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May Day Memories

Me, Beth and friends at Nanakuli Beach

I lived in Hawaii as a child. I flew there on a cold day in January. Well, cold in San Francisco anyway where our flight departed. My mom had dressed us up for the flight. Those were the days. I wore a wool jumper over my turtleneck and pink wool knee socks. She shouldn’t have bothered. It was a no fuss military flight where the “flight attendants” tossed our hoagies to us over the heads of other passengers.

When we got off the plane, it was warm and the air smelled like a greenhouse. A little string of faux pearls I had worn broke as I descended the stairs and spilled all over the tarmac. It was 2 am and I was too warm.

The next morning, my sister Beth and I woke to the sounds of kids playing in a pool. The sun was shining, the plants were weird and wool clothing was all we had. My mom must have wanted us to imitate the missionaries.

Beth and I stared out the window in despair. Our summer clothes were in transit. And it was hot. And the pool was so blue and cool.

One of the parents decided that something must be done so we walked to the local Wigwam Store in Waipahu to buy short muu muus that would become our temporary wardrobe. A green one for me, brown for Beth. There were also bathing suits, because, to be honest, after school, that’s all we were planning to wear.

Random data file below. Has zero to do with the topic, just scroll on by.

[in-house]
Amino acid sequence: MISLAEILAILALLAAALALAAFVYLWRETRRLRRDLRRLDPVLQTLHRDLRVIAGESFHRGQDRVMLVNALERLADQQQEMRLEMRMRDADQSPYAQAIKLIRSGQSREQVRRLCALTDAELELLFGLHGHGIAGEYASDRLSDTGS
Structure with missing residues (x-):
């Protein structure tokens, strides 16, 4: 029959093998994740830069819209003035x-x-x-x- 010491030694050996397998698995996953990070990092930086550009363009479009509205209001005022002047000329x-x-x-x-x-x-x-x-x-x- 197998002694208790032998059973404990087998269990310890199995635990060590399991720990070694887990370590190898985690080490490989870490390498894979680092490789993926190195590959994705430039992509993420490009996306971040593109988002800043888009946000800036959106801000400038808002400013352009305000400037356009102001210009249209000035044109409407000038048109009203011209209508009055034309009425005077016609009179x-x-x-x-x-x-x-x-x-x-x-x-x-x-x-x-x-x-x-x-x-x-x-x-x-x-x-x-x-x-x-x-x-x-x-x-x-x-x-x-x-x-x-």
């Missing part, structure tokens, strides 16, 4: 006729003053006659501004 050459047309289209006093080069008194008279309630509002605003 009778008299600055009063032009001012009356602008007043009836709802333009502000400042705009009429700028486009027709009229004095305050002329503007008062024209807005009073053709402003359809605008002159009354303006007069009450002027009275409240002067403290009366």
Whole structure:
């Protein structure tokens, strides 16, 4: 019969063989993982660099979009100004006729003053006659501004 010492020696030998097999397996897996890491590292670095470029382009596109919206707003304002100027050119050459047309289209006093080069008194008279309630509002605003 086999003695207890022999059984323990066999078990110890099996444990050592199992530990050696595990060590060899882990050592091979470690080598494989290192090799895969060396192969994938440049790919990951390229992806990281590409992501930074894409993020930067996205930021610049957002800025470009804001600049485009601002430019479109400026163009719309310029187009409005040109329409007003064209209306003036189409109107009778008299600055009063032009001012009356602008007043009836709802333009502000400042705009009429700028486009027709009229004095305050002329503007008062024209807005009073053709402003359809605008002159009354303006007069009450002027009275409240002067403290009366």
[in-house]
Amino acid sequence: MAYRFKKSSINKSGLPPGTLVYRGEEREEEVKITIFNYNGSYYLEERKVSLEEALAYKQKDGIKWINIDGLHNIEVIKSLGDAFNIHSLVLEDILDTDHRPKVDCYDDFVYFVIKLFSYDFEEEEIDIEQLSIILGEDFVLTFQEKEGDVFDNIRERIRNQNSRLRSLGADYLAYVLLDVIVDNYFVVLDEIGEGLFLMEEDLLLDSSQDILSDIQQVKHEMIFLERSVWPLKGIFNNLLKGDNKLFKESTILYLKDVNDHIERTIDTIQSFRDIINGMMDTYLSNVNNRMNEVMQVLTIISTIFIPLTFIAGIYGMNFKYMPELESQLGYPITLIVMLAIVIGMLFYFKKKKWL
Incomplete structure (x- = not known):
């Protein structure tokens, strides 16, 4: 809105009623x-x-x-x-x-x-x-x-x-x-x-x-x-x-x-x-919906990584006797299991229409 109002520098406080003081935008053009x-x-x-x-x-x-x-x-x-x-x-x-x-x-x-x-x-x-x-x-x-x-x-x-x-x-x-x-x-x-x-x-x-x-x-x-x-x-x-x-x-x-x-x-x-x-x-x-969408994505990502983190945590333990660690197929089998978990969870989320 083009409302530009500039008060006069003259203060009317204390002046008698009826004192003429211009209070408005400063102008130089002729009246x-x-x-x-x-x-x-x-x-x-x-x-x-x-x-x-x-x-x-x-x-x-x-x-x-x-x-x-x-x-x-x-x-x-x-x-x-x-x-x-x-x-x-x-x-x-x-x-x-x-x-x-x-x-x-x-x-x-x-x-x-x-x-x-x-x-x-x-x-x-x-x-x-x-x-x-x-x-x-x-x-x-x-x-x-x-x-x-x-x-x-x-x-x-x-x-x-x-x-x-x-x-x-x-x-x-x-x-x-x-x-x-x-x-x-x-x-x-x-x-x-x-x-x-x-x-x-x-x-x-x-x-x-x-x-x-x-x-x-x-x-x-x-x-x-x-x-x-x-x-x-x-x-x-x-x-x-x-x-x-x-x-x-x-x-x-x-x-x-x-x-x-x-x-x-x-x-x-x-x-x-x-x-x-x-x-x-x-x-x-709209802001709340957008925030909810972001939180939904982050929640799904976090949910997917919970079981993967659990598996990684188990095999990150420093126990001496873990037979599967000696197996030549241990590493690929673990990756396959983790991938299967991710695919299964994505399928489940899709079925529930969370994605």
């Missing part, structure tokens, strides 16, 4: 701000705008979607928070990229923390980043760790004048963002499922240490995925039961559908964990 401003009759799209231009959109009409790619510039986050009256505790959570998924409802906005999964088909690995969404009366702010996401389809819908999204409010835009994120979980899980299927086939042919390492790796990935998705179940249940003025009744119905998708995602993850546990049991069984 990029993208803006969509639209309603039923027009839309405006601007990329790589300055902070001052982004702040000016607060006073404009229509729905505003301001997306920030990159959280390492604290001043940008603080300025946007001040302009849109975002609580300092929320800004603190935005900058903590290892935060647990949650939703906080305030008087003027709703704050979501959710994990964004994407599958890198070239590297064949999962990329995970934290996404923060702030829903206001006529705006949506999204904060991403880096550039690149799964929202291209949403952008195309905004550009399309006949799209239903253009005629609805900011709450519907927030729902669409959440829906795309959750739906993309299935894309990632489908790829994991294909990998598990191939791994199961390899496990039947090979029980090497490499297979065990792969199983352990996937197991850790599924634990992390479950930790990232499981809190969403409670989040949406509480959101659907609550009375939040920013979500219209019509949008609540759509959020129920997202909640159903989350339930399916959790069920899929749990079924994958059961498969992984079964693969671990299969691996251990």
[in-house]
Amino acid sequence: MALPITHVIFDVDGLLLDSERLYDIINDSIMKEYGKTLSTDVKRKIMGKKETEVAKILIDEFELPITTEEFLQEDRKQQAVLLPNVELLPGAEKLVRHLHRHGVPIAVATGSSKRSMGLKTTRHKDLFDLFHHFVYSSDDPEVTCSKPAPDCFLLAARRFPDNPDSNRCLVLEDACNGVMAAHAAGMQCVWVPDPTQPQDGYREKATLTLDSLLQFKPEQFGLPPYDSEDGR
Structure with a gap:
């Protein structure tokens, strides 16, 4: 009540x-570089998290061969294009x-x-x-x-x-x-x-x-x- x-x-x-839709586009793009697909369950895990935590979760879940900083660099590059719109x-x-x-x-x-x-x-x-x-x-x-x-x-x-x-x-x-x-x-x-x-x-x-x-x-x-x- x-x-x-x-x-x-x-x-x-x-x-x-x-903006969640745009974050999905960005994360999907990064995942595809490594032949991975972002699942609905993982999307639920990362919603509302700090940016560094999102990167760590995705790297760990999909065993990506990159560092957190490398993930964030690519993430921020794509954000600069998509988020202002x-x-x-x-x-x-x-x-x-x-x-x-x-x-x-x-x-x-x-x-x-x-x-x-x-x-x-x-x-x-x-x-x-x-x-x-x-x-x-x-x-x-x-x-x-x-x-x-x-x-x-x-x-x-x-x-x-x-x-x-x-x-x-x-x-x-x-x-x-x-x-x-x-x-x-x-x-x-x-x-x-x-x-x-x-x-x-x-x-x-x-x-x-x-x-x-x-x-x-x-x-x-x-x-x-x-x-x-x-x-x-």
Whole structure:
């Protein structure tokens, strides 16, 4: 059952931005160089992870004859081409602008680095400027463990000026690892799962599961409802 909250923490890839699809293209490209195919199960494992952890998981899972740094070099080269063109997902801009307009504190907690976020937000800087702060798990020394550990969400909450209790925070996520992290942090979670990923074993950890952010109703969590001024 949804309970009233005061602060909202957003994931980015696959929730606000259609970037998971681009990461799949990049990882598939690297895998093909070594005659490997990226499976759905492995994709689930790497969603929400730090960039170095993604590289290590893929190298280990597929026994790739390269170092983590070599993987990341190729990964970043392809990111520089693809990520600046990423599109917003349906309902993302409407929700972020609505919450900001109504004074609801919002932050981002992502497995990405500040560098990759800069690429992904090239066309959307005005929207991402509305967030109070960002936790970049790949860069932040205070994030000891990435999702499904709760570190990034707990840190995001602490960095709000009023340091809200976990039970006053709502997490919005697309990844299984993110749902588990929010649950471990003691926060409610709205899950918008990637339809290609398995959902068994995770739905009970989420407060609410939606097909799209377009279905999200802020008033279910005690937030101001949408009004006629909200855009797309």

We went to school where our teachers were mostly Japanese and we were expected to clean our own classrooms and serve lunch. No one complained. And a couple days a week, we had hula lessons. That was in preparation for May Day.

Beth and I knew nothing about May Day in Hawaii. It turns out to be a big deal with a queen and her court representing each of the islands. They sat on a platform covered with ti leaves and flowers while each class performed a hula in muu muus or carefully folded and tucked pieces of colorful cloth. My class’s girl dance was Down on the Beach at Waikiki. I think Beth’s was I Want to Go Back to my Little Grass Shack. The year after that, our dances got more authentic and were sung in Hawaiian. I played an ipu and danced on my knees.

Anyway, in my memory, it’s always a sunny day on May Day with a light breeze and the scent of plumeria, gardenia and awapuhi. All the keikis sing:

May Day is Lei Day in Hawaii
Garlands of flowers everywhere
All of the colors in the rainbow
Maidens with blossoms in their hair

Flowers that mean we should be happy
Throwing aside a load of care
Oh, May Day is Lei Day in Hawaii
May Day is happy days out here

Happy May Day Everyone!

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4 Responses

  1. I guess you didn’t get to go to Punahou School and smoke choom with the cool kids.

    • I went to Lehua Elementary School along with all the other military brats and native Hawaiians. Didn’t even know punahou existed. Pretty sure the curriculum was the same. Japanese teachers are tough.
      As for choom, as you can see in the picture, I was all of 10 years old. Didn’t even know the stuff existed.
      Anyway, let he who is without choom smoke the first blunt.

  2. Happy May Day! wishing good health…

  3. Happy Beltane! 😉

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